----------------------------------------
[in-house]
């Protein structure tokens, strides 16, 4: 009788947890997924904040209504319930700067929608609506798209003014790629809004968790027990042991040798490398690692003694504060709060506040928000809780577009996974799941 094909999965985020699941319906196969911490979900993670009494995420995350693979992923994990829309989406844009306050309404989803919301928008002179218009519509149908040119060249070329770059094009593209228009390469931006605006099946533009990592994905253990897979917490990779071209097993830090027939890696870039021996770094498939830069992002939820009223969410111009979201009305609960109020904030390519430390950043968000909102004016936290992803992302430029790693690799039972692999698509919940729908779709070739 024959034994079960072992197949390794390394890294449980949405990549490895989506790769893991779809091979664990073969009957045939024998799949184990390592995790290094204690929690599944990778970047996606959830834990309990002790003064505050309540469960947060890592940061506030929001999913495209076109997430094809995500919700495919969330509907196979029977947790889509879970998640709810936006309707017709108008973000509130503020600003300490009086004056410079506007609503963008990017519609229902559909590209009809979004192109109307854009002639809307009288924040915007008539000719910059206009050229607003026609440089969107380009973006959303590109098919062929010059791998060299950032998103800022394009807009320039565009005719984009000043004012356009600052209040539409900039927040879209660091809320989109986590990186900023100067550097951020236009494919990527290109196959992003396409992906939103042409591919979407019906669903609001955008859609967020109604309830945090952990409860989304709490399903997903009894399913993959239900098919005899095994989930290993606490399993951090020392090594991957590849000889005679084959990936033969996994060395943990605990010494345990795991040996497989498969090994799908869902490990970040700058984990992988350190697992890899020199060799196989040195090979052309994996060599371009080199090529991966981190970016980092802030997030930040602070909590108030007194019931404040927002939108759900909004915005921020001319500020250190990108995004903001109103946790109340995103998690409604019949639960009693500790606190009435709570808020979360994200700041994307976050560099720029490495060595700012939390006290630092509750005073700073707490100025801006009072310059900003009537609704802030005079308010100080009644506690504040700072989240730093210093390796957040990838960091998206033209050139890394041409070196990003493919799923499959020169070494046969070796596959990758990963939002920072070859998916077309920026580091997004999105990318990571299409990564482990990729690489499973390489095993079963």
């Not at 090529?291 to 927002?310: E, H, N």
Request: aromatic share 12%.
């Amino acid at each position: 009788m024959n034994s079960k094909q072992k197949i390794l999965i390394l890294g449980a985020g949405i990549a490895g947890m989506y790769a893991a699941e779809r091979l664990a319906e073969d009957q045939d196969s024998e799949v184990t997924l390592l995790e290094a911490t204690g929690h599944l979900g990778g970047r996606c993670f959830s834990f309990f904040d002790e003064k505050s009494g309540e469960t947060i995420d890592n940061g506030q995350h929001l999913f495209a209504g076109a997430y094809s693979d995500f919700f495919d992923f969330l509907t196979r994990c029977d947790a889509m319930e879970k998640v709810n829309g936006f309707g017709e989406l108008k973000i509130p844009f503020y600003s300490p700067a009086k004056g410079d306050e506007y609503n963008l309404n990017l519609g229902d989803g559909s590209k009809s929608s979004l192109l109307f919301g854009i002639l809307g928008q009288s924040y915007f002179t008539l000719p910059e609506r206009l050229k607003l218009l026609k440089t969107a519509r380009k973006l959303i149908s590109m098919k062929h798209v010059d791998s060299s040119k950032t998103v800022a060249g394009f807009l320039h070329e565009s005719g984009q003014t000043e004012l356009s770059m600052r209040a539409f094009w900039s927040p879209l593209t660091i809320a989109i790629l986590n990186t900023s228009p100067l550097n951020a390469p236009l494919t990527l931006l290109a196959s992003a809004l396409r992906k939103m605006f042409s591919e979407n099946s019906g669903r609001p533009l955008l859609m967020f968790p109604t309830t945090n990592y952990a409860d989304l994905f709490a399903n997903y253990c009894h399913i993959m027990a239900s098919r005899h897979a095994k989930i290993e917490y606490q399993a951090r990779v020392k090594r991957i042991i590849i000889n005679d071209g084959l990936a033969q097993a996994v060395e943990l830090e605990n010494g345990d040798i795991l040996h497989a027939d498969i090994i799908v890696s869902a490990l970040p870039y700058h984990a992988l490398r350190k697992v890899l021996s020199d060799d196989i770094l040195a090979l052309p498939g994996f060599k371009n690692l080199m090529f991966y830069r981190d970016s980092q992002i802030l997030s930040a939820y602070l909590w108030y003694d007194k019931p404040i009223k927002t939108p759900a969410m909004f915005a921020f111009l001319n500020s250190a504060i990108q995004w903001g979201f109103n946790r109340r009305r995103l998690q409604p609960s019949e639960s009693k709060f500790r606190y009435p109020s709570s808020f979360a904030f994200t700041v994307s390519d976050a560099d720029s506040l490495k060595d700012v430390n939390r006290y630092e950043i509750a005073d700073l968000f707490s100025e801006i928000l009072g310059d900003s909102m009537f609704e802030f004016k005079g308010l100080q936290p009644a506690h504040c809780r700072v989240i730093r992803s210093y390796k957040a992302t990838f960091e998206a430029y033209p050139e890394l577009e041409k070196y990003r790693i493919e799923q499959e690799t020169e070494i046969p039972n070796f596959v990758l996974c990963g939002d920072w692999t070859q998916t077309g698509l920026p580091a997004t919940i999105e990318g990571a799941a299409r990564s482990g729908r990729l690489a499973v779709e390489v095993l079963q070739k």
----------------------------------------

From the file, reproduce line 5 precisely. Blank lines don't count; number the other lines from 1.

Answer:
């Amino acid at each position: 009788m024959n034994s079960k094909q072992k197949i390794l999965i390394l890294g449980a985020g949405i990549a490895g947890m989506y790769a893991a699941e779809r091979l664990a319906e073969d009957q045939d196969s024998e799949v184990t997924l390592l995790e290094a911490t204690g929690h599944l979900g990778g970047r996606c993670f959830s834990f309990f904040d002790e003064k505050s009494g309540e469960t947060i995420d890592n940061g506030q995350h929001l999913f495209a209504g076109a997430y094809s693979d995500f919700f495919d992923f969330l509907t196979r994990c029977d947790a889509m319930e879970k998640v709810n829309g936006f309707g017709e989406l108008k973000i509130p844009f503020y600003s300490p700067a009086k004056g410079d306050e506007y609503n963008l309404n990017l519609g229902d989803g559909s590209k009809s929608s979004l192109l109307f919301g854009i002639l809307g928008q009288s924040y915007f002179t008539l000719p910059e609506r206009l050229k607003l218009l026609k440089t969107a519509r380009k973006l959303i149908s590109m098919k062929h798209v010059d791998s060299s040119k950032t998103v800022a060249g394009f807009l320039h070329e565009s005719g984009q003014t000043e004012l356009s770059m600052r209040a539409f094009w900039s927040p879209l593209t660091i809320a989109i790629l986590n990186t900023s228009p100067l550097n951020a390469p236009l494919t990527l931006l290109a196959s992003a809004l396409r992906k939103m605006f042409s591919e979407n099946s019906g669903r609001p533009l955008l859609m967020f968790p109604t309830t945090n990592y952990a409860d989304l994905f709490a399903n997903y253990c009894h399913i993959m027990a239900s098919r005899h897979a095994k989930i290993e917490y606490q399993a951090r990779v020392k090594r991957i042991i590849i000889n005679d071209g084959l990936a033969q097993a996994v060395e943990l830090e605990n010494g345990d040798i795991l040996h497989a027939d498969i090994i799908v890696s869902a490990l970040p870039y700058h984990a992988l490398r350190k697992v890899l021996s020199d060799d196989i770094l040195a090979l052309p498939g994996f060599k371009n690692l080199m090529f991966y830069r981190d970016s980092q992002i802030l997030s930040a939820y602070l909590w108030y003694d007194k019931p404040i009223k927002t939108p759900a969410m909004f915005a921020f111009l001319n500020s250190a504060i990108q995004w903001g979201f109103n946790r109340r009305r995103l998690q409604p609960s019949e639960s009693k709060f500790r606190y009435p109020s709570s808020f979360a904030f994200t700041v994307s390519d976050a560099d720029s506040l490495k060595d700012v430390n939390r006290y630092e950043i509750a005073d700073l968000f707490s100025e801006i928000l009072g310059d900003s909102m009537f609704e802030f004016k005079g308010l100080q936290p009644a506690h504040c809780r700072v989240i730093r992803s210093y390796k957040a992302t990838f960091e998206a430029y033209p050139e890394l577009e041409k070196y990003r790693i493919e799923q499959e690799t020169e070494i046969p039972n070796f596959v990758l996974c990963g939002d920072w692999t070859q998916t077309g698509l920026p580091a997004t919940i999105e990318g990571a799941a299409r990564s482990g729908r990729l690489a499973v779709e390489v095993l079963q070739k």